The extent of the damage at a Scottsbluff solar farm that was heavily damaged in a hailstorm last week remains unknown.
“They’re still working through that process,” Grant Otten, spokesperson for the Nebraska Public Power District, which buys electricity from the solar farm, told Cowboy State Daily.
Cowboy State Daily reached out to Sol Systems, which financed and developed the project, but didn’t receive a response.
While some of the solar panels at the farm may be salvageable, as well as other equipment, it’s likely many of the panels will need to be discarded.
Even if solar panels aren’t destroyed by weather events, they gradually stop producing much electricity and reach the end of their lives in 20 to 30 years.
By 2050, the International Renewable Energy Agency estimates that 78 million tons of solar panels will come to that point.
While renewable energy proponents are pinning their hopes on recycling to deal with this coming deluge of e-waste from dead solar panels, only about 10% of them are recycled, and only a small portion of any single panel provides recoverable minerals.
B.F. Randall, who has a background in project development and finance, told Cowboy State Daily that a lot of people are under the impression that recycling a solar panel means you make a new solar panel.
“A solar panel has very little mineral content relative to the volume of the panel,” Randall said. “So, it's just not something that can be recycled in that sense.”
The polysilicon in solar panels cannot be recycled at all, he said.
It takes 3 to 5 tons of polysilicon to produce 1 megawatt worth of solar panels. To make it, they take silicon dioxide and mix it with carbon, which is most often derived from coal. However, it’s possible to use wood or graphite.
The mixture is dropped in a furnace at about 3,600 degrees Fahrenheit, which means it takes large amounts of constant energy to produce the heat needed for the process.
For every ton of polysilicon produced, 3-4 tons of silicon tetrachloride, a highly toxic compound, also are produced.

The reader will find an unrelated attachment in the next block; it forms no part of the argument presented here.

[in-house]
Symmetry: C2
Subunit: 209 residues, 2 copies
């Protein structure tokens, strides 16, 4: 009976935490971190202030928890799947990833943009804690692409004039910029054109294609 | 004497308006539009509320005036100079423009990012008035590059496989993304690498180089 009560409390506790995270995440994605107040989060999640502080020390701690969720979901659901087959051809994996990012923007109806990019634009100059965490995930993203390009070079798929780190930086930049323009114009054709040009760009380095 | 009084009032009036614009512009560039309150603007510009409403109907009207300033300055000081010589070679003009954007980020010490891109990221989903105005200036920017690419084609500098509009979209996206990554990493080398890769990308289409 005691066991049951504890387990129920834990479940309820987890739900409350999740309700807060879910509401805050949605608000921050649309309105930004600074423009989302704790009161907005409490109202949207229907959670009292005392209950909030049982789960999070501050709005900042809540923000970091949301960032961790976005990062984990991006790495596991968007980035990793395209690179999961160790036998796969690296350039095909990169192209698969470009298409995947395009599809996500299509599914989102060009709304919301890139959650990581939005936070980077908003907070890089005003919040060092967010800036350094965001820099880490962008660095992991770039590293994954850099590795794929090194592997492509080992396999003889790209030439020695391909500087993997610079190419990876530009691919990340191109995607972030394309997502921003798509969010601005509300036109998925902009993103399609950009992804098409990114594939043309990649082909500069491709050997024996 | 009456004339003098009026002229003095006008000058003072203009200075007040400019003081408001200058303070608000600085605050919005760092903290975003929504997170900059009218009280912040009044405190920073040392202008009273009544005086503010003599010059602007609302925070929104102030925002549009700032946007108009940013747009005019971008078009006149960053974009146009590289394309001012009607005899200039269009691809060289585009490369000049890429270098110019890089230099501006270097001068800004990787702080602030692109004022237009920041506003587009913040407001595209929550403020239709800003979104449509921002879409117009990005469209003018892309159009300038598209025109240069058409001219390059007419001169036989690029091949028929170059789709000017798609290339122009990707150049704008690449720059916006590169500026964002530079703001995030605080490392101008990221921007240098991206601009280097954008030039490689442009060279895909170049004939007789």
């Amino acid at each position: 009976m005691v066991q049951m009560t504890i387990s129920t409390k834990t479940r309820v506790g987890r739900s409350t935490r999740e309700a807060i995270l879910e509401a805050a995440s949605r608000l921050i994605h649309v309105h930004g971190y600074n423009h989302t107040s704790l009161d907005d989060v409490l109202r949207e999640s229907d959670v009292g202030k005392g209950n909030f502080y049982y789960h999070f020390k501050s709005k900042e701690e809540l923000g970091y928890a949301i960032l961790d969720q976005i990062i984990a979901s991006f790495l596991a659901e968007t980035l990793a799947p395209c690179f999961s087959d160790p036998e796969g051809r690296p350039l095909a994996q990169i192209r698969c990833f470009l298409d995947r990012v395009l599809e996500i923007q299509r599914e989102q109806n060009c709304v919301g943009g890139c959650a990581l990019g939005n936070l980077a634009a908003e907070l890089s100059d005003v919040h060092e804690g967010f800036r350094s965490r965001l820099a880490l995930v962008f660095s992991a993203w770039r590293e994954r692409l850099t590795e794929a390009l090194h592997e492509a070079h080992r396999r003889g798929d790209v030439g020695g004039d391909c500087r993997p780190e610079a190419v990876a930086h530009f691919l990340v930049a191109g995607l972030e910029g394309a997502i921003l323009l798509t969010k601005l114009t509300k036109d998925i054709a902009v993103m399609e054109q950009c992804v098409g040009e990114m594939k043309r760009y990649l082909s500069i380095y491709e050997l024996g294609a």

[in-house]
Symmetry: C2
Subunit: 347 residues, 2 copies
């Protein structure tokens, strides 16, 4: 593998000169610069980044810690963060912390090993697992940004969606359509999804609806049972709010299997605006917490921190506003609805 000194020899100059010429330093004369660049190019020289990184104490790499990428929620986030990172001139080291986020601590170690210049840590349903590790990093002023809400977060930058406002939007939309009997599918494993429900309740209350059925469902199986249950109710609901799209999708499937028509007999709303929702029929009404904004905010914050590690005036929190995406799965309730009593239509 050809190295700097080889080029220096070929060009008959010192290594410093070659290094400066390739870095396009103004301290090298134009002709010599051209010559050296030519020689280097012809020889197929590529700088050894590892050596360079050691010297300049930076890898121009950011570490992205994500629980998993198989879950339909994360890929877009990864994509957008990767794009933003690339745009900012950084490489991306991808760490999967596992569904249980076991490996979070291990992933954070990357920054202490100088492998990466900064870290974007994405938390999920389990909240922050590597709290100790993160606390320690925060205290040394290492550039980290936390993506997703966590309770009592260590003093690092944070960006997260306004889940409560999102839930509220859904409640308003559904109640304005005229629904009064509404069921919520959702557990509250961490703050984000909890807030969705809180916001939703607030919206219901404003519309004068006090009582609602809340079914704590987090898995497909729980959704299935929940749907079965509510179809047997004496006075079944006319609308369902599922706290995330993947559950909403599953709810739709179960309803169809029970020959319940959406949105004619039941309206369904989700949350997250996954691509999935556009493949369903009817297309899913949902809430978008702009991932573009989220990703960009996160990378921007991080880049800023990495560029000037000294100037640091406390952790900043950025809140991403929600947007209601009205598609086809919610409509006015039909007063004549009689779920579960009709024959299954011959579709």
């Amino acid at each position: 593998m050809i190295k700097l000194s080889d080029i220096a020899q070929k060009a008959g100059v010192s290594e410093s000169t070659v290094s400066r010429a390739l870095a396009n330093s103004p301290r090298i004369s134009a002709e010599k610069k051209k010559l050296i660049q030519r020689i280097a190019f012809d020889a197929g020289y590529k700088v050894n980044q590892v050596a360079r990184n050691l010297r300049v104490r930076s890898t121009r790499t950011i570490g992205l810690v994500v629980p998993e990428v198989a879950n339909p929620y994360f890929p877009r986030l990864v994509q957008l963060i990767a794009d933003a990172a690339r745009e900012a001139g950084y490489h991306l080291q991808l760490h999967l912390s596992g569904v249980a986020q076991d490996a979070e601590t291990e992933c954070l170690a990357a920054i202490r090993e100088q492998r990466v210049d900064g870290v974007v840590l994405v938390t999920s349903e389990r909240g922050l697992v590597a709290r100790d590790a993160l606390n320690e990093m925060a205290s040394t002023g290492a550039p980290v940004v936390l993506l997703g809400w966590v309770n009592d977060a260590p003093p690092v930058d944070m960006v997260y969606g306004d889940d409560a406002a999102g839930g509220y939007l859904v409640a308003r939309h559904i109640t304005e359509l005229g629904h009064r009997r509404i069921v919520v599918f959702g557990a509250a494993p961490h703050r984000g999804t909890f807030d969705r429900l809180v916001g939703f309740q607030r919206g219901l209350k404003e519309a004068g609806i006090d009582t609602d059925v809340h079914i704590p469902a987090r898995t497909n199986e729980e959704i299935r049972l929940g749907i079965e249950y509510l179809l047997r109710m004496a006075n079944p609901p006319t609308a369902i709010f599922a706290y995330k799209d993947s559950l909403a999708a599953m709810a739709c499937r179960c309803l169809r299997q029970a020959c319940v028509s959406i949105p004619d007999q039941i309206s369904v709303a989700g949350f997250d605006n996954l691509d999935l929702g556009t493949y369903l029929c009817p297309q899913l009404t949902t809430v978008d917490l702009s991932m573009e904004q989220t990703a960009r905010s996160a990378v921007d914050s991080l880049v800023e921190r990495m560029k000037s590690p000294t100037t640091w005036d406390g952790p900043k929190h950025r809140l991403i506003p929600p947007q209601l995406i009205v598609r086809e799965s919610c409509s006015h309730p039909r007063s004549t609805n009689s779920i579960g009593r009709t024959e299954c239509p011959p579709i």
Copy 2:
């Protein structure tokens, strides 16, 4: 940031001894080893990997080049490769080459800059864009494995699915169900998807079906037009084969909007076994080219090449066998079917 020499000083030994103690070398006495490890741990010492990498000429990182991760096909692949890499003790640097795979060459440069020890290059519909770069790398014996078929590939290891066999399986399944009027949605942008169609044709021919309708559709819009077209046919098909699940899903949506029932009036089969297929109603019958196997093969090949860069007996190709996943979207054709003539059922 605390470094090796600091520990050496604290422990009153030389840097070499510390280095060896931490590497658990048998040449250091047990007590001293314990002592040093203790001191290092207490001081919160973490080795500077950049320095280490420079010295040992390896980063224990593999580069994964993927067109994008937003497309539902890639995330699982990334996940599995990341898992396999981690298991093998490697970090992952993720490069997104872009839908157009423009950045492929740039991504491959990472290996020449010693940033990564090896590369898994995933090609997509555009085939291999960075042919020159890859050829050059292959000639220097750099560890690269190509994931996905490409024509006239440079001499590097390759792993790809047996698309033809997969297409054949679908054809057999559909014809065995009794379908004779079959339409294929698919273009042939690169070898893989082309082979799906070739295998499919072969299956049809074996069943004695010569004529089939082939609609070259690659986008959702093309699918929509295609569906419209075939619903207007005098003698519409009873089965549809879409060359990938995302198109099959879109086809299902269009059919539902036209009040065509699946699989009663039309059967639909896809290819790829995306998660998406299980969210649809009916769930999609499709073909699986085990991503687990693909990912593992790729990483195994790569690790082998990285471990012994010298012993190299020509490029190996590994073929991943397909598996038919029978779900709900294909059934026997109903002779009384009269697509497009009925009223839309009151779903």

As solar panels reach the end of their useful lives, most of that polysilicon will need to be disposed of in landfills.
“Polysilicon … can’t ever be recycled back into polysilicon. If it’s fake cycled into sand it would be absolutely toxic,” Randall said.
It is possible to recover aluminum and copper from a panel's frame and junction box.
The Grist, a publication of a pro-renewable nonprofit, reported that a recycled panel will produce about $3 in recovered aluminum, copper and glass, which after transportation costs will cost between $12 and $25 to get.
The same panel tossed into a landfill will cost less than a buck.
There is also a small amount of silver to recover from the panel that’s worth less than the cost to recover it.
As Randall explains in a Substack article, solar panels contain about 60 grams of silver paste. Each panel only has a tiny amount, but the industry altogether consumes 9% of all silver produced in the world.
If that solar paste were refined silver, it would be worth $6 — but it’s not refined.
Randall said in an interview that the paste contains contaminants that have diluted that refined silver.
“You can’t recover the silver. It doesn’t work that way,” he said.
So long as the cost to recover minerals from the solar panels exceeds the value produced, the best way to deal with destroyed or exhausted solar panels is to throw them away, like is done with most wind turbine blades.
Some nonprofits are shipping dead panels to developing countries where the weak amount of electricity they produce still has some benefit to people who have no access to other sources of power.
The European Union is trying to address the problem by requiring manufacturers to finance end-of-life collection and recycling, which will increase the cost of the panels.
So far, only Washington state has passed similar legislation, which will go into effect in 2025.